by Rev. Judith Myers, Pastor, Emmanuel Baptist Fellowship
I love Advent, almost as much as I love Lent. There’s something so beautiful and sacred about times of not yet and in-between. I give thanks that God presents me with seasons that allow me to slow down a little and reflect. For those that know me, you know I’m not a very patient person. I’m working on it, but impatience runs deep in my family. So when Advent and Lent roll around, I force myself to wait. It’s a spiritual discipline during these seasons. I settle in the unknown. Impatiently, yes, but Advent and Lent have saved my spirit and my faith. I love the moments that cause me to take a step or two back. Maybe to reflect on the year behind me, hope for the year ahead, or just take time to sit in the valley of the dry bones.
At Emmanuel, we follow the Narrative Lectionary. This past week’s sermon Scripture was Ezekiel and the valley of the dry bones. Valley of the dry bones? During Advent? Weird. AND YET. It’s the perfect passage when you’re allowing yourself to rest in this not yet and in-between time. The valley of the dry bones is a story where God’s presence comes alive, working to bring new life and to piece the bones together. God’s presence brings restoration to God’s people. It’s a story where dry bones are given sustenance. It’s a story where hope is found. Many of us find ourselves in the valley of the dry bones during this season. Divorces or strained relationships with loved ones leave us lonely and grieving for what used to be, for what should be.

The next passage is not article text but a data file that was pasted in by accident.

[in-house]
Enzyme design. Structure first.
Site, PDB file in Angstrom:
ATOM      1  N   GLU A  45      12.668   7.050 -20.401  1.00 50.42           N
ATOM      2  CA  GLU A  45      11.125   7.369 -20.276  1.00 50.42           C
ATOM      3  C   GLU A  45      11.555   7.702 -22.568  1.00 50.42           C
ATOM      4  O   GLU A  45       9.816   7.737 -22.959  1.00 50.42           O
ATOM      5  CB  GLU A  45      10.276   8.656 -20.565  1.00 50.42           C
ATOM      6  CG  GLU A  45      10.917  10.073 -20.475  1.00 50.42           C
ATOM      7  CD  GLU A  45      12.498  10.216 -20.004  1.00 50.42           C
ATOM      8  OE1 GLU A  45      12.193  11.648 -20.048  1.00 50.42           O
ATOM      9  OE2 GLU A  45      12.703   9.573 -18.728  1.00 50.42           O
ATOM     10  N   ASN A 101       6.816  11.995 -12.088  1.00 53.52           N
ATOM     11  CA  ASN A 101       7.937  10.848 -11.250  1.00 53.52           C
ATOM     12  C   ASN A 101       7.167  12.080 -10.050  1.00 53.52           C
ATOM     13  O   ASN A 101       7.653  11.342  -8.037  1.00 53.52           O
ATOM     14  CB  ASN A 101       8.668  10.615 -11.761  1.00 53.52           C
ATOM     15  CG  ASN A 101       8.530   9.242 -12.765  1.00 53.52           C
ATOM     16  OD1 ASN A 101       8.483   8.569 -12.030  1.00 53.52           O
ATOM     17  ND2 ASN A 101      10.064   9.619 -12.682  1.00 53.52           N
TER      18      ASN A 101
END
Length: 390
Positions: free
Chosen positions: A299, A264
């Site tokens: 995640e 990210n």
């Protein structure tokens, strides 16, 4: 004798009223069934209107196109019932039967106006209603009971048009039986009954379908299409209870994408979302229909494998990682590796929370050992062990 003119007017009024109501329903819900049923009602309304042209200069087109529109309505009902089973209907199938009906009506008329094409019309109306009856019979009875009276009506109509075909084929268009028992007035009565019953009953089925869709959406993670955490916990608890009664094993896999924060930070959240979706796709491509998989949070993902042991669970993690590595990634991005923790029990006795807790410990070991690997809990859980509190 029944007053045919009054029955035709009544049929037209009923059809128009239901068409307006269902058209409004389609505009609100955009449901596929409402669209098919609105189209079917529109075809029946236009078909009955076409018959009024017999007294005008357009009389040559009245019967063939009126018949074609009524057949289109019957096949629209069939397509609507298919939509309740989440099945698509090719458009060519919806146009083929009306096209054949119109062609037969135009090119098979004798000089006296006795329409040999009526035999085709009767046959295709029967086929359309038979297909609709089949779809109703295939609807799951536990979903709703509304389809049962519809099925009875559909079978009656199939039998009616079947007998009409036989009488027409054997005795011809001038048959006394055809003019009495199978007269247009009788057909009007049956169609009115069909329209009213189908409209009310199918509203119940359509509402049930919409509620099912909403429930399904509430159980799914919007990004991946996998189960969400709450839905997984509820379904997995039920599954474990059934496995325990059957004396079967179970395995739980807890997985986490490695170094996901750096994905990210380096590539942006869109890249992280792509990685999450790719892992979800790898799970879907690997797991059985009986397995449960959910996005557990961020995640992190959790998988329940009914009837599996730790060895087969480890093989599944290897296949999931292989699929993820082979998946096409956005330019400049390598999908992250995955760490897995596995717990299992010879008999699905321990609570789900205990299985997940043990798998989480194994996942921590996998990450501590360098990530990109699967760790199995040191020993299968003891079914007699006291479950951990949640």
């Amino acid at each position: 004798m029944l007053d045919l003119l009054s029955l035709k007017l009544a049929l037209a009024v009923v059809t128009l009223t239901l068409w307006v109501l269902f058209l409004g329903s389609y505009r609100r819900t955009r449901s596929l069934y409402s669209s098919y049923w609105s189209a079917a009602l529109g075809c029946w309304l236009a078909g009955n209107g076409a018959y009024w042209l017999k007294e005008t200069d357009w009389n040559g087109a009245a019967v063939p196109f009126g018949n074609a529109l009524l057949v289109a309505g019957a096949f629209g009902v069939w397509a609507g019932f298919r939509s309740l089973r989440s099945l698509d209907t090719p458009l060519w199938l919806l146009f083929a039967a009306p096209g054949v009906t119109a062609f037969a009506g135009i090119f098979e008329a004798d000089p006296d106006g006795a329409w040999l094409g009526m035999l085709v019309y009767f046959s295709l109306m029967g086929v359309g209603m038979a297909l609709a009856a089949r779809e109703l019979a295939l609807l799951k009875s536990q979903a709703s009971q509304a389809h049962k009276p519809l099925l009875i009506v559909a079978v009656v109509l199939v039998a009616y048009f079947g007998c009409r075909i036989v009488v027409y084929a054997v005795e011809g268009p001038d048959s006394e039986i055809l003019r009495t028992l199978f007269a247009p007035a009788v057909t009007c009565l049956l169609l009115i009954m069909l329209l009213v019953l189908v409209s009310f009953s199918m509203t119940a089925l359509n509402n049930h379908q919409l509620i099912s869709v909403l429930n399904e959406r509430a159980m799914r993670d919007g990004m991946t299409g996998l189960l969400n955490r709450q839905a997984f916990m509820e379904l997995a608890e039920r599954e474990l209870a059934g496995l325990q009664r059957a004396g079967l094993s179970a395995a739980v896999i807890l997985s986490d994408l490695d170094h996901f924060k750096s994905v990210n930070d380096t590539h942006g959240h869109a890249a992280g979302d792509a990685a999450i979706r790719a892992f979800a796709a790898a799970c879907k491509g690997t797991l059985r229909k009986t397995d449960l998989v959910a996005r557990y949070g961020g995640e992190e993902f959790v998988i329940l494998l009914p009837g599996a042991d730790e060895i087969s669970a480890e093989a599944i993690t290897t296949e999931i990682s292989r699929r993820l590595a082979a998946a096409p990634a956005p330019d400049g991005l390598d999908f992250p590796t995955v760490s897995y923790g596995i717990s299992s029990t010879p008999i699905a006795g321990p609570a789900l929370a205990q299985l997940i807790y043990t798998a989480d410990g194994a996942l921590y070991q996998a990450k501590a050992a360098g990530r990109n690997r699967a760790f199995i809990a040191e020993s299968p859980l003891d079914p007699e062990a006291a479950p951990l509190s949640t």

On Sunday, my congregation reflected on their own not yet or in-between because this season is so, so hard. And they heard a word of hope. Maybe God is breathing new life into them, into all of us. Maybe God is doing the same to you because this time of year is joyful. Maybe you need Advent, a time of longing and waiting. Maybe you’re approaching this season with dry bones, with no hope. Maybe you need time to reflect, to figure a few things out. Take time this season to rest in the valley of the dry bones. And then hear a word of hope. Hear that God is working in you, piecing you back together, breathing new life in you.
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